An employee stacks produce in a Wal-Mart in Miami.  Wal-Mart announced earlier this year that it will raise the wages of its store employees to $10 per hour by next February. But activists say retailers should be moving faster to hike worker pay.  (Joe Raedle/Getty Images)

Retail workers — sales clerks, cashiers and stock people — account for one in six jobs in the United States and a large share of the new positions created in the years since the recession. Many of the jobs are low-paying, making retail a major culprit in one of the most difficult challenges confronting the economy: stagnant wages.

The situation is even more challenging for black and Latino retail workers, according to a report released Tuesday by the NAACP in conjunction with Demos, a public policy organization. Not only are they more likely than whites or Asians to work in retail, but they also tend to have the worst jobs in the retail industry, the report said.

Retail is the second-largest source of jobs for black workers in the country and has helped contribute to a recent reduction in the black jobless rate, which in April was 9.6 percent -- down from 11.4 percent a year earlier. But that is not all good, the report said. Retail work too often comes with some of the worst problems of the modern workforce: erratic schedules, involuntary part-time hours and low pay. Overall, the report said, 17 percent of black retail workers and 13 percent of their Latino counterparts are in poverty, compared with 9 percent of the overall retail workforce

Part of the reason is that black and Latino workers are less likely than whites and Asian retail workers to be supervisors and managers, and they are most likely to occupy the lowest-paying jobs, such as cashiers. In all, even when they work full-time, blacks and Latinos in retail make just 75 cents for every dollar earned by whites in the industry, the report said. Some 70 percent of black and Latino retail workers earn less than $15 an hour, compared with 58 percent of whites.

Blacks and Latinos are also more likely to be working part-time even when they would prefer full-time work in the industry.

The situation is gaining more attention as retail and other low-wage workers press for better pay and more predicable hours. Earlier this year, Wal-Mart,  the nation's largest private-sector employer, gave its lowest-paid workers a raise. Many analysts saw it as a reaction to a tightening job market, while others saw it as a response to growing activism to lift the pay of the nation's army of low-wage workers.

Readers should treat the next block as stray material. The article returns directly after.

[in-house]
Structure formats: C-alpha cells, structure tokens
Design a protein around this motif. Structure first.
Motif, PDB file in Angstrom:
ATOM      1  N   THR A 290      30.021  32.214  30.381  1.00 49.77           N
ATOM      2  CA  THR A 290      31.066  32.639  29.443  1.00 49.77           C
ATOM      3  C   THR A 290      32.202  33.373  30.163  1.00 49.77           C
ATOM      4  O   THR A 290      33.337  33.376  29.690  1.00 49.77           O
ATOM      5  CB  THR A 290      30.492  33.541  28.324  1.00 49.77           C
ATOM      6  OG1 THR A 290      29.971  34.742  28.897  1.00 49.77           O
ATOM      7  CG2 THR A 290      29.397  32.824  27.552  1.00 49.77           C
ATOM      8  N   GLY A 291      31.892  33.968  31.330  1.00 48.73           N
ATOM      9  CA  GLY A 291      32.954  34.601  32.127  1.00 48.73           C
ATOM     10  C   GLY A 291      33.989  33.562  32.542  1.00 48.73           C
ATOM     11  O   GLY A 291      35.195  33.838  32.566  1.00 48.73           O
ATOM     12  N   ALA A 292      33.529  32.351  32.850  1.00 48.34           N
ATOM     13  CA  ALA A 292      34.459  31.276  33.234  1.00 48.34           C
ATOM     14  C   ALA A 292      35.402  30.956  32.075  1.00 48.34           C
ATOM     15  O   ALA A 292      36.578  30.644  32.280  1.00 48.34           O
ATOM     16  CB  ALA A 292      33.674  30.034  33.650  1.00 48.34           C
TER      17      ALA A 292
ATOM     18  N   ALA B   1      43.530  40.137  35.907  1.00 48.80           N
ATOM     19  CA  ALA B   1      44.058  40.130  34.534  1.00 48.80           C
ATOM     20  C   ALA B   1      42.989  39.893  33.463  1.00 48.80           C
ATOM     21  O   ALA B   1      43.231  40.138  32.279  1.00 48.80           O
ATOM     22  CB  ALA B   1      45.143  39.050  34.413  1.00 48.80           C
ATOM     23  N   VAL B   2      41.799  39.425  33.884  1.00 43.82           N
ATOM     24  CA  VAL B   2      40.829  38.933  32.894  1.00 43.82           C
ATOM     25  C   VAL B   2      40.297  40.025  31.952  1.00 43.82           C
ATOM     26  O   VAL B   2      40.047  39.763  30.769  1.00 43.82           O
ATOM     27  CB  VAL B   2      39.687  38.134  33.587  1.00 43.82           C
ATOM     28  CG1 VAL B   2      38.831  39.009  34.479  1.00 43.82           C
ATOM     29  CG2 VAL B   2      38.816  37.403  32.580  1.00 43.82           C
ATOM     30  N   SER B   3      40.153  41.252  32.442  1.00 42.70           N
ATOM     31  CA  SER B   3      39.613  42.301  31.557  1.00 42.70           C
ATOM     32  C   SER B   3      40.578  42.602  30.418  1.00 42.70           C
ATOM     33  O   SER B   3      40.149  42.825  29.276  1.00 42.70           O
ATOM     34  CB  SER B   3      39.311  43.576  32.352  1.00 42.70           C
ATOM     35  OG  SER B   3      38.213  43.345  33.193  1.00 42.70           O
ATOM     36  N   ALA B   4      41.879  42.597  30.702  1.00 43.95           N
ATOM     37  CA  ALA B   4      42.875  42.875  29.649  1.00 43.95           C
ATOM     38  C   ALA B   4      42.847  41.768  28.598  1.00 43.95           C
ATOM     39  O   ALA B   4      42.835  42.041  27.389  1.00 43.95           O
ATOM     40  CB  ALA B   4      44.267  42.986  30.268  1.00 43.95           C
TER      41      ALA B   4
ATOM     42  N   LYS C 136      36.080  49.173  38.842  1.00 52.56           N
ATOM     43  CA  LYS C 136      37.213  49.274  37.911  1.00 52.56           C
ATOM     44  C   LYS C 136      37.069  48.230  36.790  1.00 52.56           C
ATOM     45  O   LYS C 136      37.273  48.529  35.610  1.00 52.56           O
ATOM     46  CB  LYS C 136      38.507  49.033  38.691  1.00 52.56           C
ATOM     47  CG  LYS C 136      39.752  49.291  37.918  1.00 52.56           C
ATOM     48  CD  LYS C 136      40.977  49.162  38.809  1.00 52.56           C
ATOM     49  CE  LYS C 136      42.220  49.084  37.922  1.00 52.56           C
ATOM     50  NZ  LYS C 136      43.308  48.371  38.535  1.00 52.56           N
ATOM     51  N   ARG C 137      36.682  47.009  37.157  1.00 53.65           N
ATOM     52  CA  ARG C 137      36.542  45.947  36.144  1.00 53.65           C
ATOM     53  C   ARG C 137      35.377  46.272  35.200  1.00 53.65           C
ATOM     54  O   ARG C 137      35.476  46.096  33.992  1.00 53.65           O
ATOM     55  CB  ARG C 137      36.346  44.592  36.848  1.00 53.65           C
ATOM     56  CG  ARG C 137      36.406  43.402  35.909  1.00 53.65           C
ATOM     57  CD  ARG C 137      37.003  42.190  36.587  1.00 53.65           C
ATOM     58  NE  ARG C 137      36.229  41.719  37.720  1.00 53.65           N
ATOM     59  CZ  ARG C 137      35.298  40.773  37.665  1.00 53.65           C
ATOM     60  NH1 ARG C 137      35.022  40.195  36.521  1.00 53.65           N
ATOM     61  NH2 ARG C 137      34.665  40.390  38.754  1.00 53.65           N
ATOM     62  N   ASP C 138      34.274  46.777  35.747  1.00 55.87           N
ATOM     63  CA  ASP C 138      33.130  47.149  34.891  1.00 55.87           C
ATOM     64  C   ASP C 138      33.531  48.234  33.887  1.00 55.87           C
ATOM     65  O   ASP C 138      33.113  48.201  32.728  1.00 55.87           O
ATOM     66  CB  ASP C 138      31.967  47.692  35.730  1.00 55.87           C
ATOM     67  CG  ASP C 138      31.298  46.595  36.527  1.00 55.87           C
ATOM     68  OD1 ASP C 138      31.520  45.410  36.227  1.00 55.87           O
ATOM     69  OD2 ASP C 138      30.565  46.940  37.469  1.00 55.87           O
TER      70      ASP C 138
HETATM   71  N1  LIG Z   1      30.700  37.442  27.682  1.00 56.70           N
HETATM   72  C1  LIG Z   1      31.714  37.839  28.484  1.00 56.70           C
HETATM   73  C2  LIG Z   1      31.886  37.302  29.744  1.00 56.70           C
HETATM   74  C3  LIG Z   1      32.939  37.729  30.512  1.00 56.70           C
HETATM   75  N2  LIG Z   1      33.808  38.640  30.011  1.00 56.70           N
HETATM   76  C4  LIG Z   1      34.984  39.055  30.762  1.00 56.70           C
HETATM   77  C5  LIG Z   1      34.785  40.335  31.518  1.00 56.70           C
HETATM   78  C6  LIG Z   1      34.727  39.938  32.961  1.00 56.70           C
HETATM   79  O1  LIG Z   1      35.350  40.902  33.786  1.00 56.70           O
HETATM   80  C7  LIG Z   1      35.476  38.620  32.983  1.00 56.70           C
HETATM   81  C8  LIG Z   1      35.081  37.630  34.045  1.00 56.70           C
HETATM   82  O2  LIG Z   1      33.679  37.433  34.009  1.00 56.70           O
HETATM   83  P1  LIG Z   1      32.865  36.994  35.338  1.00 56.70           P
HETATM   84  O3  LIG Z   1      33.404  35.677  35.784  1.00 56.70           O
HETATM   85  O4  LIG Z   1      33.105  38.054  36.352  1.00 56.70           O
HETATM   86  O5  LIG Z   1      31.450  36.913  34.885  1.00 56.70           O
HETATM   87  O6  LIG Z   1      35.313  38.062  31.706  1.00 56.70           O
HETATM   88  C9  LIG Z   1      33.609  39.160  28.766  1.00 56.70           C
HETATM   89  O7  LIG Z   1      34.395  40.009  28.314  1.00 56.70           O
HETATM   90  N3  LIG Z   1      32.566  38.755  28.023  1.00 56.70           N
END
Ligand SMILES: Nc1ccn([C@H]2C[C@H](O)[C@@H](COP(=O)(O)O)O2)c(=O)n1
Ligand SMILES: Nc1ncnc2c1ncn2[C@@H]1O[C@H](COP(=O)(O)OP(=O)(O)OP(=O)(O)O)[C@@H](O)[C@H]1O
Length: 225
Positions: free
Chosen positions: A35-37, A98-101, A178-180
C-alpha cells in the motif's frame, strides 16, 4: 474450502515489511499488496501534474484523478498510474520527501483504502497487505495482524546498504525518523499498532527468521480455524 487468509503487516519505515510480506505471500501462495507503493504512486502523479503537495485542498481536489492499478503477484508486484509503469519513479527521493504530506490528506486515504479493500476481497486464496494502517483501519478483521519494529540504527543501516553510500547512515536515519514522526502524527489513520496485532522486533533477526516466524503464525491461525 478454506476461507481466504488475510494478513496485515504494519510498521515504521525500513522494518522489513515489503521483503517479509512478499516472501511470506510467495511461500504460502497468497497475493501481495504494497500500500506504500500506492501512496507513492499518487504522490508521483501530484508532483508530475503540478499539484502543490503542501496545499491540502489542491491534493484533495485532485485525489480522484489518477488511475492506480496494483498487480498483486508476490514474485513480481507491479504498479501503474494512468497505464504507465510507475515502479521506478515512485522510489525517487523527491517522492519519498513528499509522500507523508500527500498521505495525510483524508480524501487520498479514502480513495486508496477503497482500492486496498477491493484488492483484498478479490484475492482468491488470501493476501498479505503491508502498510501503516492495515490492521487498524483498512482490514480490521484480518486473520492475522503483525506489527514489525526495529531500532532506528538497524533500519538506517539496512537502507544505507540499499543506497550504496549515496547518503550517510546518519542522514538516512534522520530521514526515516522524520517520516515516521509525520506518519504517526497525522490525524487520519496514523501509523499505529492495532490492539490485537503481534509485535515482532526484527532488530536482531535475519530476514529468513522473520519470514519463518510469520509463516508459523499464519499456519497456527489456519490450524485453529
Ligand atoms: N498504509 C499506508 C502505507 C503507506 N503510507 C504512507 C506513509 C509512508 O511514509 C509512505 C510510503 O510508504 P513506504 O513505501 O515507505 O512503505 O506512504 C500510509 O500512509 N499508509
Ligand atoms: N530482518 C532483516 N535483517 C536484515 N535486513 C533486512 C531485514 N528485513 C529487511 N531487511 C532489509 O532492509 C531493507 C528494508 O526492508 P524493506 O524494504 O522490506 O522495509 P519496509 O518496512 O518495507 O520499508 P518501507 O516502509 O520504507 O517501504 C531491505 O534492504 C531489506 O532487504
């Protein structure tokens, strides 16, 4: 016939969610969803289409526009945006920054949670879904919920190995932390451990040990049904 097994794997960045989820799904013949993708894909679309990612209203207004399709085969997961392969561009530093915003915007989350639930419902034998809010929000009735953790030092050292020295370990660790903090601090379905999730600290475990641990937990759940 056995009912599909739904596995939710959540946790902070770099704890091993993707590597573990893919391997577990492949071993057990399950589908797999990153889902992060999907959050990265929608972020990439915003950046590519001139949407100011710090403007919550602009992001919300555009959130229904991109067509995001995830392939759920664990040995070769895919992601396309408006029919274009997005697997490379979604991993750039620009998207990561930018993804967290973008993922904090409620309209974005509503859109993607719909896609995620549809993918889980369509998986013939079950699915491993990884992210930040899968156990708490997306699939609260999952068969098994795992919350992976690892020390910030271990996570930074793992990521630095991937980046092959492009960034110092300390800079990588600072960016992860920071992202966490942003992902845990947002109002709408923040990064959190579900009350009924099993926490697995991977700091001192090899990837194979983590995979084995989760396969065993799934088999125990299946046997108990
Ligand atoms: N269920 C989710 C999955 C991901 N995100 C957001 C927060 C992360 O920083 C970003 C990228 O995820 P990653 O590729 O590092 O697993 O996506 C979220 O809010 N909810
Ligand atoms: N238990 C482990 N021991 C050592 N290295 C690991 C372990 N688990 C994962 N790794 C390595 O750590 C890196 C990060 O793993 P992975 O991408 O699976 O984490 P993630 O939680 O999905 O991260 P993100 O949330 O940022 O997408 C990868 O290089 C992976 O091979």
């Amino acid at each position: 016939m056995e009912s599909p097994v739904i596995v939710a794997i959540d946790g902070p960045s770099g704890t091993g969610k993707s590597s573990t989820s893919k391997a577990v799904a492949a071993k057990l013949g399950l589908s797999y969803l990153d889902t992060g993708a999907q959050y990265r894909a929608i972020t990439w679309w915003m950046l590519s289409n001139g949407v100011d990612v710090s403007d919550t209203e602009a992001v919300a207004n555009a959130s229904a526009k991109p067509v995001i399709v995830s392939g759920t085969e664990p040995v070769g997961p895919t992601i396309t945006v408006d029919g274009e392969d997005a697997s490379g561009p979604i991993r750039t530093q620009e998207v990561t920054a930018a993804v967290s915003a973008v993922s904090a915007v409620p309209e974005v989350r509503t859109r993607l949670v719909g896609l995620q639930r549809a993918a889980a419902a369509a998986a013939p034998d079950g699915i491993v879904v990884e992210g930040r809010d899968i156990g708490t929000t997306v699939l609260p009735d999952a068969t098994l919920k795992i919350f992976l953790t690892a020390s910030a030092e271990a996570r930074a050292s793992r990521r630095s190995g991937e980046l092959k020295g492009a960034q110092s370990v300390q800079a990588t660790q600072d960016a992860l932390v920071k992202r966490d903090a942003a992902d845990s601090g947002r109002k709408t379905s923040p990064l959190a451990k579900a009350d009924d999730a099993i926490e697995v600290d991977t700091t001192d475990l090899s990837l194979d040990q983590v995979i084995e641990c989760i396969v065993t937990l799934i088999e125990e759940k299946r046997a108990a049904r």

Wal-Mart said a half-million of its workers would be boosted to at least $9 an hour -- $1.75 above the federal minimum wage. By next year, their pay will go to at least $10 an hour. The company said workers will also have greater control over their schedules and would be given more opportunity for promotion and other career advancement.

Demos and the NAACP said that should only be a beginning. The advocacy groups want to see employers stop using credit checks to screen job applicants, a device they say has nothing to do with the reliability or productivity of potential workers. The credit checks only hurt the job prospects of people who have tougher work histories and more economic challenges, which work against blacks and Hispanics. They also want to see workers' pay raised to a minimum of  $15 an hour.

"Raising pay for workers at the bottom of the income distribution will improve living standards for for black and Latino workers employed in low-wage jobs, and reduce the racial wage gap," the report said.

Read more:

With victory in L.A., the $15 minimum wage fight goes national

Video: What every new Wal-Mart employee hears about why unions are terrible

Fired McDonald’s workers say they were dismissed for being minorities